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March 30, 2018

It’s raining; it seems to me that every year it rains on Good Friday, and shines Easter Sunday.

It falls onto the window panes, along the stretch from the master bedroom to the living room, where my son is overdue for a nap not happening any time soon; right onto the river-turned-reservoir-turned-canal, whose waters are green whether clear or crowded. What am i trying to master.

That day was the challenge of the Kingdom’s King against all other kingdoms, big and small, systemic and personal. The day is done, the victory won, does it make any difference how today is passed?

The floor is swept, the laundry folded, kitchen packed, bathrooms cleaned, study organised. This is good, really good. I don’t like things in disarray.

I sit and watch the traffic lights change, green, red man, flashing arrow, moving cars. I hope it rains all day exactly like this. A red umbrella walks below me; a bicycle; a woman step by step; a jogging or catching the bus man; no one; nothing; cars; a bus; rain; rain; rain. 8 and a half minutes to the end of the pump. My baby still cries, I can hear him.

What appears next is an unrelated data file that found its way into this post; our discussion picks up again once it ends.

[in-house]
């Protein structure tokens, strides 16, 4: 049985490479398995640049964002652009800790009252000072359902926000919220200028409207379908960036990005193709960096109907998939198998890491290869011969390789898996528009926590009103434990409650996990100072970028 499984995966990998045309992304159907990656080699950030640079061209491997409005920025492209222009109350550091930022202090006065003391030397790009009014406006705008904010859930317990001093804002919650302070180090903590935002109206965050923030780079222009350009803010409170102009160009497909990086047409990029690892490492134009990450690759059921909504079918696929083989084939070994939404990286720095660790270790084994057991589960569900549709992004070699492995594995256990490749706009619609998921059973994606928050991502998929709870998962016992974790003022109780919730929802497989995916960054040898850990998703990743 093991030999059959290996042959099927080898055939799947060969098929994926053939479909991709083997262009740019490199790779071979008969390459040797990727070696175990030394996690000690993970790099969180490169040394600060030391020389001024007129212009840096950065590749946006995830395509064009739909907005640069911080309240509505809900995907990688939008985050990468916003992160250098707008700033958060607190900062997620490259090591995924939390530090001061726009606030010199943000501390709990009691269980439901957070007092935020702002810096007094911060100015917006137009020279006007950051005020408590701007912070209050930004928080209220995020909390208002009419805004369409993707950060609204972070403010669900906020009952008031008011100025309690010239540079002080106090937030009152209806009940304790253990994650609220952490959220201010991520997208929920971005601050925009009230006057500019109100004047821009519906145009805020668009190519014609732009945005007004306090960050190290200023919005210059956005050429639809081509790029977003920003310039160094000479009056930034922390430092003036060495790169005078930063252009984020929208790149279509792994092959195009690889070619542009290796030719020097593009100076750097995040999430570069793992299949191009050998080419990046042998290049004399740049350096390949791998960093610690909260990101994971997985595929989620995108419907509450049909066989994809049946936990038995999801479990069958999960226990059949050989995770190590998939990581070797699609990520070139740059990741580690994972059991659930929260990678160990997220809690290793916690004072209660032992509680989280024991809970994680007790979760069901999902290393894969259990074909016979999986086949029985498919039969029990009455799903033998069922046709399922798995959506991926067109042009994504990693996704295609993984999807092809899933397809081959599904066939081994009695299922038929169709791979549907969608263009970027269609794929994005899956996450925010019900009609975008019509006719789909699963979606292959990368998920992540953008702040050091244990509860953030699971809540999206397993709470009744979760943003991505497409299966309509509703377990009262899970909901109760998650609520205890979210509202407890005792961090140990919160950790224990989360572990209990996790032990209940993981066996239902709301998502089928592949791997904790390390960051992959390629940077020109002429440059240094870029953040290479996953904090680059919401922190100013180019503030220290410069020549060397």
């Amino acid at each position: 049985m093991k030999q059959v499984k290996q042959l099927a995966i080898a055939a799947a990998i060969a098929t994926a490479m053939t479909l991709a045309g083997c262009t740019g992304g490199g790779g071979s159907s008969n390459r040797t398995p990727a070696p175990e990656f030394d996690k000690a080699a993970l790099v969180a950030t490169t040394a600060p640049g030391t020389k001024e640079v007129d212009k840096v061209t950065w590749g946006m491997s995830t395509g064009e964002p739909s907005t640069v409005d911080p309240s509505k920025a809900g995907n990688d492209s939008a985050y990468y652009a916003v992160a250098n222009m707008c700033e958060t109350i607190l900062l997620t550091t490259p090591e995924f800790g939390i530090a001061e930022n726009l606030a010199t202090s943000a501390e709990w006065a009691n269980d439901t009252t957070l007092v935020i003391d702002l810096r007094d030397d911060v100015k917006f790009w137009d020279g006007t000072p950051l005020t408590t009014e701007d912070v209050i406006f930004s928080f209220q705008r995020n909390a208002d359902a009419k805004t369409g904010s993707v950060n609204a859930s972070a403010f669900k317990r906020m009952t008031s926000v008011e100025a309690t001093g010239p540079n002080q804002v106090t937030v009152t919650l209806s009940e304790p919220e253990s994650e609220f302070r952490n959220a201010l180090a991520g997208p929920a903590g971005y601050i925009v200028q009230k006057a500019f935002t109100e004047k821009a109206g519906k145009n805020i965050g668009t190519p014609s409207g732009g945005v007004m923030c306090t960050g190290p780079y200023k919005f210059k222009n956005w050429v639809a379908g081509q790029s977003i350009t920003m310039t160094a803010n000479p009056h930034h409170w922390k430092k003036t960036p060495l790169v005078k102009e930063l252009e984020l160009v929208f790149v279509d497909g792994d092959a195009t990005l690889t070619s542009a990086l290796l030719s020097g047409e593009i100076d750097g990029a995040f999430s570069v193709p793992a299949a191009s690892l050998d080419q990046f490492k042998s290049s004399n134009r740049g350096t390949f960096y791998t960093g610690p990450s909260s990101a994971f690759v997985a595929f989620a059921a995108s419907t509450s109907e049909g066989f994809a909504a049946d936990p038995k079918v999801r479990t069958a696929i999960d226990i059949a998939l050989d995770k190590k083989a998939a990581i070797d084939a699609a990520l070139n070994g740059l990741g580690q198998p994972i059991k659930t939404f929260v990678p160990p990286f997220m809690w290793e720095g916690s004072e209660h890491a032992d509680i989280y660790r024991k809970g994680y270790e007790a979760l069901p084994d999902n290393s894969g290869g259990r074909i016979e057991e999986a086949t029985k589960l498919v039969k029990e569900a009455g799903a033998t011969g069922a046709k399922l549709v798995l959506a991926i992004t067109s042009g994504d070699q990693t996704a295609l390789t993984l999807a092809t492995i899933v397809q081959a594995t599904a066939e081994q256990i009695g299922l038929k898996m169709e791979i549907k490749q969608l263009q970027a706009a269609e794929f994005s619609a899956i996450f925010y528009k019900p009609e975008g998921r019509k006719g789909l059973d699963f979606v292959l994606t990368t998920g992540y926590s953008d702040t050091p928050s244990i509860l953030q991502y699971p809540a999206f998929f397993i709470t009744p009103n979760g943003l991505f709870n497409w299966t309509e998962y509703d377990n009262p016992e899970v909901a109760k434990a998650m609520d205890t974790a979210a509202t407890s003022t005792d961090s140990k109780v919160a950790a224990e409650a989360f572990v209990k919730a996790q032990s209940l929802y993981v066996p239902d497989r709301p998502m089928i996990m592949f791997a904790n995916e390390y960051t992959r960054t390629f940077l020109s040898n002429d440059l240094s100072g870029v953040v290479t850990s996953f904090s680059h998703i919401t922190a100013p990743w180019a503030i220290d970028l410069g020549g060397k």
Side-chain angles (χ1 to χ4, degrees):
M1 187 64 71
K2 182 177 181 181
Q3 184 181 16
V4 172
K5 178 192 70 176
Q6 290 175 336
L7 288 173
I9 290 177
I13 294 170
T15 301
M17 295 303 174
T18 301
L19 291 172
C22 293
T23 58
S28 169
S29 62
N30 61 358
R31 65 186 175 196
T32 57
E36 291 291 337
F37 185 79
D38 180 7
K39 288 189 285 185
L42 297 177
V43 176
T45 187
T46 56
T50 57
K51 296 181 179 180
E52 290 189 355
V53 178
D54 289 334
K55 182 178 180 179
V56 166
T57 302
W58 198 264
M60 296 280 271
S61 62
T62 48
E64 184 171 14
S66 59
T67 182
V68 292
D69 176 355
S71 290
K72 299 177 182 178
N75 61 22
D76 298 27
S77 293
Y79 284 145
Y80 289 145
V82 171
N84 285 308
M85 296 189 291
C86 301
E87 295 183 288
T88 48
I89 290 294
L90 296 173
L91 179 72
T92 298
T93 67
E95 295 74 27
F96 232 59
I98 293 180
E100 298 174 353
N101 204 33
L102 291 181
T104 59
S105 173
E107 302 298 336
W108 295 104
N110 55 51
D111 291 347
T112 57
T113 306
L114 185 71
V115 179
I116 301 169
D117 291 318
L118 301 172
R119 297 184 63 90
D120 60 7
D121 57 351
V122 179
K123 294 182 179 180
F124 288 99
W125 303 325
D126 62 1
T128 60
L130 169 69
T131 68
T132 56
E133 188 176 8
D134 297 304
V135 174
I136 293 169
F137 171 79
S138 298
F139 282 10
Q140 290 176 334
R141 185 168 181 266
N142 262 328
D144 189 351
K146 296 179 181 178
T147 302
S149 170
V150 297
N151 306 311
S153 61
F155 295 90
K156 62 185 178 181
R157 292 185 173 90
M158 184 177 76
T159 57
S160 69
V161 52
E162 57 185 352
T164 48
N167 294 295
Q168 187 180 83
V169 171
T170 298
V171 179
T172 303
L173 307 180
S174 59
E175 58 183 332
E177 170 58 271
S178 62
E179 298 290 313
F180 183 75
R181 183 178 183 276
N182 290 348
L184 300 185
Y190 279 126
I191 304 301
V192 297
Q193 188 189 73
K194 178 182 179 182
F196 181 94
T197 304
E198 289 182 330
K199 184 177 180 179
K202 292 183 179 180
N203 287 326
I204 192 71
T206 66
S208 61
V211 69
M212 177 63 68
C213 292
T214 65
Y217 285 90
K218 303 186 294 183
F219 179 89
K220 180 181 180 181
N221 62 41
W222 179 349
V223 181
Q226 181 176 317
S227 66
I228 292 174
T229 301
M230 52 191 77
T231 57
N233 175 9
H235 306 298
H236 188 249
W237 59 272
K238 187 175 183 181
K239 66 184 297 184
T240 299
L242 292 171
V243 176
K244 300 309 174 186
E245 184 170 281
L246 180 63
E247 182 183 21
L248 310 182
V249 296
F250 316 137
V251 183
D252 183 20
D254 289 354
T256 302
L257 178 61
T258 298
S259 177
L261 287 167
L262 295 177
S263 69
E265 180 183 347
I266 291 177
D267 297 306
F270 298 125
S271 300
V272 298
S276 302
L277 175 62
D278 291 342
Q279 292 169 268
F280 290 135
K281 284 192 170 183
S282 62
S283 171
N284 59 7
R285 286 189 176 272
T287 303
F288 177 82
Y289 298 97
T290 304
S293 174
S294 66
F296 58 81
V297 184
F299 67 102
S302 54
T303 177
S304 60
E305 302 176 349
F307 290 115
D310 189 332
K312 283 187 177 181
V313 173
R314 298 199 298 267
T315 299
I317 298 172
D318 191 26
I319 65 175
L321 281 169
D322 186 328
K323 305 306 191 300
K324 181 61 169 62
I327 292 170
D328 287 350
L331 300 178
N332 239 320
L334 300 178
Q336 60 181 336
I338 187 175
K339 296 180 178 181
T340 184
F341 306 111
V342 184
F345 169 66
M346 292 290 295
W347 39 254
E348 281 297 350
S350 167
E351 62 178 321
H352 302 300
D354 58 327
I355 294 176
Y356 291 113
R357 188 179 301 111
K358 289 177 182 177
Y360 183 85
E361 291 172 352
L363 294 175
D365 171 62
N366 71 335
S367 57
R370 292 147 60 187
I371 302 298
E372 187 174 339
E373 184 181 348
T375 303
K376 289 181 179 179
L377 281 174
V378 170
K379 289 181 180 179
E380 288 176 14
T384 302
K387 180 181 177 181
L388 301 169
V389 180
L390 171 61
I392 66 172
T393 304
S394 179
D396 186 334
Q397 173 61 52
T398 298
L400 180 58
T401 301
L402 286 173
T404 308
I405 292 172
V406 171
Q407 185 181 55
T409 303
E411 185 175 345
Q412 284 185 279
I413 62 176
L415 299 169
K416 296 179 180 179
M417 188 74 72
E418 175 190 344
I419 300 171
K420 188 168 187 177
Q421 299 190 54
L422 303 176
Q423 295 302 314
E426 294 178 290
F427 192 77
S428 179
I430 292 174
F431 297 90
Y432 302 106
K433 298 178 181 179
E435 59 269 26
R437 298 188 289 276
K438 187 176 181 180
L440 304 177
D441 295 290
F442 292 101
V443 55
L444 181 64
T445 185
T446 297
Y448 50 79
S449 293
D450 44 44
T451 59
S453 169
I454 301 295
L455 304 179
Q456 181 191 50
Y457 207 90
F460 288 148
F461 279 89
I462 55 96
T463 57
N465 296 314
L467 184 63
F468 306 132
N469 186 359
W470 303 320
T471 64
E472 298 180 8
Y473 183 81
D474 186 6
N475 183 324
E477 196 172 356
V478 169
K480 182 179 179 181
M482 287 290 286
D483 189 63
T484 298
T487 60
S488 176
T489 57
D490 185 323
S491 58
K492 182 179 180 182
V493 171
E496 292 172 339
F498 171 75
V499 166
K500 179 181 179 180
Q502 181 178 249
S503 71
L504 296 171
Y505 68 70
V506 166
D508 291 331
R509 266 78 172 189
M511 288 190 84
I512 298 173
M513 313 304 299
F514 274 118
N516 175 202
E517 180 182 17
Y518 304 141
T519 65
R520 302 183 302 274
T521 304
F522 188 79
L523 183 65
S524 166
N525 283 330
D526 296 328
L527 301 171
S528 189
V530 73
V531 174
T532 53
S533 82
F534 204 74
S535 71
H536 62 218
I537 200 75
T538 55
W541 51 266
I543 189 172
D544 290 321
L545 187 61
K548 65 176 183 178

The apartment units around me display little differences. A man putting out kindergarten uniforms, carefully, two rags dropped off separate ledges, artificial turf on floors, a family growing a lovely climbing feature. A ledge and two cushions; I remember a neighbour’s clever study space. Empty houses mean infinite potential.

I want Good Friday to mean something, that meaning expressed out loud. My father taught me that it was the most important event in the Christian calender after i asked him for permission to fly overseas and play frisbee.

Jesus was the most alone, more than the boy in the bubble, because he was abandoned. I don’t want to abandon, I want to remember. Today feels so sad.

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